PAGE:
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Using a Stored Procedure with Output Parameters

A SQL Server stored procedure that you can call is one that returns one or more OUT parameters, which are parameters that the stored procedure uses to return data back to the calling application. The Microsoft JDBC Driver for SQL Server provides the SQLServerCallableStatement class, which you can use to call this kind of stored procedure and process the data that it returns.

When you call this kind of stored procedure by using the JDBC driver, you must use the call SQL escape sequence together with the prepareCall method of the SQLServerConnection class. The syntax for the call escape sequence with OUT parameters is the following:

{call procedure-name[([parameter][,[parameter]]...)]}

Note Note

For more information about the SQL escape sequences, see Using SQL Escape Sequences.

When you construct the call escape sequence, specify the OUT parameters by using the ? (question mark) character. This character acts as a placeholder for the parameter values that will be returned from the stored procedure. To specify a value for an OUT parameter, you must specify the data type of each parameter by using the registerOutParameter method of the SQLServerCallableStatement class before you run the stored procedure.

The value that you specify for the OUT parameter in the registerOutParameter method must be one of the JDBC data types contained in java.sql.Types, which in turn maps to one of the native SQL Server data types. For more information about the JDBC and SQL Server data types, see Understanding the JDBC Driver Data Types.

When you pass a value to the registerOutParameter method for an OUT parameter, you must specify not only the data type to be used for the parameter, but also the parameter's ordinal placement or the parameter's name in the stored procedure. For example, if your stored procedure contains a single OUT parameter, its ordinal value will be 1; if the stored procedure contains two parameters, the first ordinal value will be 1, and the second ordinal value will be 2.

Note Note

The JDBC driver does not support the use of CURSOR, SQLVARIANT, TABLE, and TIMESTAMP SQL Server data types as OUT parameters.

As an example, create the following stored procedure in the SQL Server 2005 AdventureWorks sample database:

CREATE PROCEDURE GetImmediateManager
   @employeeID INT,
   @managerID INT OUTPUT
AS
BEGIN
   SELECT @managerID = ManagerID 
   FROM HumanResources.Employee 
   WHERE EmployeeID = @employeeID
END

This stored procedure returns a single OUT parameter (managerID), which is an integer, based on the specified IN parameter (employeeID), which is also an integer. The value that is returned in the OUT parameter is the ManagerID based on the EmployeeID that is contained in the HumanResources.Employee table.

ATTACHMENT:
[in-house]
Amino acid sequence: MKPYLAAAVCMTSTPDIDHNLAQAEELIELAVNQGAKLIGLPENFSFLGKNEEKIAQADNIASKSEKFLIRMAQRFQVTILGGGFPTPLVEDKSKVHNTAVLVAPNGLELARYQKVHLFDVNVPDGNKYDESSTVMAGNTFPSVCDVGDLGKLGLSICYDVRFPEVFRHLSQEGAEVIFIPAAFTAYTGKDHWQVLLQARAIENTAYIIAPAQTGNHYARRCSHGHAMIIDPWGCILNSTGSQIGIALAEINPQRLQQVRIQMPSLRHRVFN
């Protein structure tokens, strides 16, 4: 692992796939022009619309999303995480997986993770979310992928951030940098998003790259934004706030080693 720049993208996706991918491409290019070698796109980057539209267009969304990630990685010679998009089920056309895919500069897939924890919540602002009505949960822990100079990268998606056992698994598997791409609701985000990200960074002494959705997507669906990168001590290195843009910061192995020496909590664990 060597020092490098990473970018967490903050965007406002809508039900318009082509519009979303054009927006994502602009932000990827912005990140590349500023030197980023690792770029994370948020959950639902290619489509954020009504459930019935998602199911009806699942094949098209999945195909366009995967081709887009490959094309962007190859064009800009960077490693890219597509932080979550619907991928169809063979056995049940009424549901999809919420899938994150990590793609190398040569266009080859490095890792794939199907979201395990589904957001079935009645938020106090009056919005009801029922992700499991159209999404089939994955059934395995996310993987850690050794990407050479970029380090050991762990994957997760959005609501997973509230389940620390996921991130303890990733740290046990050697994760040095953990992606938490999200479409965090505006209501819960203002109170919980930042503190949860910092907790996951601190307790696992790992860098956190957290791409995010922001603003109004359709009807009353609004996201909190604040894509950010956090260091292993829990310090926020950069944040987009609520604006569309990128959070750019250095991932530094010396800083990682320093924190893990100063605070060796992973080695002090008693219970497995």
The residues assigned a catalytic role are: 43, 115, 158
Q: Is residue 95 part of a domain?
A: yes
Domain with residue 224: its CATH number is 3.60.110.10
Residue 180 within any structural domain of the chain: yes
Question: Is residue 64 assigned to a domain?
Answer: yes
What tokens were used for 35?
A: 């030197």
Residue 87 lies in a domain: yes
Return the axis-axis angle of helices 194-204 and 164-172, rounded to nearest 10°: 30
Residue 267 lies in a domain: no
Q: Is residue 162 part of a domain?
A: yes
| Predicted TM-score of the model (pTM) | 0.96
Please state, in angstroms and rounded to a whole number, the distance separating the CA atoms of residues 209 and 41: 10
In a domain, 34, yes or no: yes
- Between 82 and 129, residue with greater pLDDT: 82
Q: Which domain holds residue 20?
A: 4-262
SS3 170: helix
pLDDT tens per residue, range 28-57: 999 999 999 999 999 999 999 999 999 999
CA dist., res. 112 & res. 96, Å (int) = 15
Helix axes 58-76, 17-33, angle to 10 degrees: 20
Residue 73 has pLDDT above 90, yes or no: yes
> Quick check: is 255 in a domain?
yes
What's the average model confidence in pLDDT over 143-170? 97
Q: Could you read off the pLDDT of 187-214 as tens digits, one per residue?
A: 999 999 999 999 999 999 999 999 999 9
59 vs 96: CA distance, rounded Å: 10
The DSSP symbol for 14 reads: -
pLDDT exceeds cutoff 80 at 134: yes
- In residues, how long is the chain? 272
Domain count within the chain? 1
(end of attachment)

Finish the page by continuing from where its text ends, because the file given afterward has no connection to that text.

In the following example, an open connection to the AdventureWorks sample database is passed in to the function, and the execute method is used to call the GetImmediateManager stored procedure:

public static void executeStoredProcedure(Connection con) {
   try {
      CallableStatement cstmt = con.prepareCall("{call dbo.GetImmediateManager(?, ?)}");
      cstmt.setInt(1, 5);
      cstmt.registerOutParameter(2, java.sql.Types.INTEGER);
      cstmt.execute();
      System.out.println("MANAGER ID: " + cstmt.getInt(2));
   }
   catch (Exception e) {
      e.printStackTrace();
   }
}

This example uses the ordinal positions to identify the parameters. Alternatively, you can identify a parameter by using its name instead of its ordinal position. The following code example modifies the previous example to demonstrate how to use named parameters in a Java application. Note that parameter names correspond to the parameter names in the stored procedure's definition:

public static void executeStoredProcedure(Connection con) {
   try {
      CallableStatement cstmt = con.prepareCall("{call dbo.GetImmediateManager(?, ?)}");
      cstmt.setInt("employeeID", 5);
      cstmt.registerOutParameter("managerID", java.sql.Types.INTEGER);
      cstmt.execute();
      System.out.println("MANAGER ID: " + cstmt.getInt("managerID"));
      cstmt.close();
   }
   catch (Exception e) {
      e.printStackTrace();
   }

}

NoteNote

These examples use the execute method of the SQLServerCallableStatement class to run the stored procedure. This is used because the stored procedure did not also return a result set. If it did, the executeQuery method would be used.

Stored procedures can return update counts and multiple result sets. The Microsoft JDBC Driver for SQL Server follows the JDBC 3.0 specification, which states that multiple result sets and update counts should be retrieved before the OUT parameters are retrieved. That is, the application should retrieve all of the ResultSet objects and update counts before retrieving the OUT parameters by using the CallableStatement.getter methods. Otherwise, the ResultSet objects and update counts that have not already been retrieved will be lost when the OUT parameters are retrieved. For more information about update counts and multiple result sets, see Using a Stored Procedure with an Update Count and Using Multiple Result Sets.

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